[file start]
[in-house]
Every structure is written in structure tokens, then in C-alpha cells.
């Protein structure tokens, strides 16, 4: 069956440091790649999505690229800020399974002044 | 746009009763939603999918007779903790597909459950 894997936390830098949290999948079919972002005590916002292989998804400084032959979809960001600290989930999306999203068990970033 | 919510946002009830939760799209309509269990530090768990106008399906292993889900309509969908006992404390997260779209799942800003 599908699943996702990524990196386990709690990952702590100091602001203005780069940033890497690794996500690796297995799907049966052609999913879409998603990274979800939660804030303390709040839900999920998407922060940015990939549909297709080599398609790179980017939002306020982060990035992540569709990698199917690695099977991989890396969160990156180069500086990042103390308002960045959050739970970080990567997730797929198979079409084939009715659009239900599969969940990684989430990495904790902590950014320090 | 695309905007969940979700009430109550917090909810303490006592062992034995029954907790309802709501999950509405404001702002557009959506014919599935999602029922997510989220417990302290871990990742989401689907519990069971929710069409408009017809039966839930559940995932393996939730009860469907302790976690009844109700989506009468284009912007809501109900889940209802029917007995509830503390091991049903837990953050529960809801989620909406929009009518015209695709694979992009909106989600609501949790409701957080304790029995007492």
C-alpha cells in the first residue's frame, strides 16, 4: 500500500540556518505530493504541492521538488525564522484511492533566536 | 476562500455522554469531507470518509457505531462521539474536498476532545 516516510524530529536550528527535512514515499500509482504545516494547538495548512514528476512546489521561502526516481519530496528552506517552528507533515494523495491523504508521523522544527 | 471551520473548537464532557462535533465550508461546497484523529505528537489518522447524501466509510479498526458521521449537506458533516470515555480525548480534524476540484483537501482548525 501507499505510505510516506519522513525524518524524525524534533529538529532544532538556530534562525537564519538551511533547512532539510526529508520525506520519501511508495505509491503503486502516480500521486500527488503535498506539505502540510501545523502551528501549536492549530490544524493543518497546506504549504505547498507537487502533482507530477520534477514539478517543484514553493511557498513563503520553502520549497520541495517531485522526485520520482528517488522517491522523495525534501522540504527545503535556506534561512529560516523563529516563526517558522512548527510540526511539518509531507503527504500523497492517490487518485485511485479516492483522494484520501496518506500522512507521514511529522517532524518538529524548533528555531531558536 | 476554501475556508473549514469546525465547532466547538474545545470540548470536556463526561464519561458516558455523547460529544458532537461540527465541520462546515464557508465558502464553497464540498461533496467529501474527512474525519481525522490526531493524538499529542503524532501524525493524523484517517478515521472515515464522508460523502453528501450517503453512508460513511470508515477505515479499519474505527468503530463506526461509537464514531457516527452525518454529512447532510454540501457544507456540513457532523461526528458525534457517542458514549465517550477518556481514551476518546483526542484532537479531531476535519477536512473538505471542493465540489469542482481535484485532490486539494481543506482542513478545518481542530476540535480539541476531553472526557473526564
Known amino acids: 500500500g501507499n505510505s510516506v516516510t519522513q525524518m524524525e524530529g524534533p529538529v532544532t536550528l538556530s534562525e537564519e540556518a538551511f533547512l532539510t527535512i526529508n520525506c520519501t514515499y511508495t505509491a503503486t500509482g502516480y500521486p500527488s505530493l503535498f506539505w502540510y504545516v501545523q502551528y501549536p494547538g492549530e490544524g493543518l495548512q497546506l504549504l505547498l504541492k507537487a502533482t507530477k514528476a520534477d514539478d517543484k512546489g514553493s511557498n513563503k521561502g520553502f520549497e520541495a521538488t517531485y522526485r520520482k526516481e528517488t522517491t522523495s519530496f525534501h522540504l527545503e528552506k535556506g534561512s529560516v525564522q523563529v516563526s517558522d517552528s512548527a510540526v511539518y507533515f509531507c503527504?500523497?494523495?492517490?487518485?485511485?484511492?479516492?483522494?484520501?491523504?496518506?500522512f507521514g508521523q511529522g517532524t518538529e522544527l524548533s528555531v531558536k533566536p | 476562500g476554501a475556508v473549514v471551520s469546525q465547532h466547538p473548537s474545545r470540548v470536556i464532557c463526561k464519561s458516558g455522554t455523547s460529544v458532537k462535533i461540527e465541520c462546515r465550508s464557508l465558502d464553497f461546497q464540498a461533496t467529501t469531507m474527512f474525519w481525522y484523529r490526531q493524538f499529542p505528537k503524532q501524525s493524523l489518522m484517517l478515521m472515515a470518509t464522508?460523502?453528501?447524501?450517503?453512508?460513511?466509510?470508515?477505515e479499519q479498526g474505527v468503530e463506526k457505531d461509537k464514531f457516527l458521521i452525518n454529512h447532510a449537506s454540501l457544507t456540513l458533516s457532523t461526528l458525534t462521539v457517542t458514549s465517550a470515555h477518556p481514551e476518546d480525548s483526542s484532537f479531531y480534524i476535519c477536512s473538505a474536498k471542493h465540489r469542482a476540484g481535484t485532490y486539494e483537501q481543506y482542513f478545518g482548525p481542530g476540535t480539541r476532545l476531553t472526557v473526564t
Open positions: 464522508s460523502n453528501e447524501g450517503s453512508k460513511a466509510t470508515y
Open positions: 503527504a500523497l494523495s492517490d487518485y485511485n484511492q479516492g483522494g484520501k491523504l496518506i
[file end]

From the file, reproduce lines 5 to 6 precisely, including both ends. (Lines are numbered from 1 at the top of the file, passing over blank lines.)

Known amino acids: 500500500g501507499n505510505s510516506v516516510t519522513q525524518m524524525e524530529g524534533p529538529v532544532t536550528l538556530s534562525e537564519e540556518a538551511f533547512l532539510t527535512i526529508n520525506c520519501t514515499y511508495t505509491a503503486t500509482g502516480y500521486p500527488s505530493l503535498f506539505w502540510y504545516v501545523q502551528y501549536p494547538g492549530e490544524g493543518l495548512q497546506l504549504l505547498l504541492k507537487a502533482t507530477k514528476a520534477d514539478d517543484k512546489g514553493s511557498n513563503k521561502g520553502f520549497e520541495a521538488t517531485y522526485r520520482k526516481e528517488t522517491t522523495s519530496f525534501h522540504l527545503e528552506k535556506g534561512s529560516v525564522q523563529v516563526s517558522d517552528s512548527a510540526v511539518y507533515f509531507c503527504?500523497?494523495?492517490?487518485?485511485?484511492?479516492?483522494?484520501?491523504?496518506?500522512f507521514g508521523q511529522g517532524t518538529e522544527l524548533s528555531v531558536k533566536p | 476562500g476554501a475556508v473549514v471551520s469546525q465547532h466547538p473548537s474545545r470540548v470536556i464532557c463526561k464519561s458516558g455522554t455523547s460529544v458532537k462535533i461540527e465541520c462546515r465550508s464557508l465558502d464553497f461546497q464540498a461533496t467529501t469531507m474527512f474525519w481525522y484523529r490526531q493524538f499529542p505528537k503524532q501524525s493524523l489518522m484517517l478515521m472515515a470518509t464522508?460523502?453528501?447524501?450517503?453512508?460513511?466509510?470508515?477505515e479499519q479498526g474505527v468503530e463506526k457505531d461509537k464514531f457516527l458521521i452525518n454529512h447532510a449537506s454540501l457544507t456540513l458533516s457532523t461526528l458525534t462521539v457517542t458514549s465517550a470515555h477518556p481514551e476518546d480525548s483526542s484532537f479531531y480534524i476535519c477536512s473538505a474536498k471542493h465540489r469542482a476540484g481535484t485532490y486539494e483537501q481543506y482542513f478545518g482548525p481542530g476540535t480539541r476532545l476531553t472526557v473526564t
Open positions: 464522508s460523502n453528501e447524501g450517503s453512508k460513511a466509510t470508515y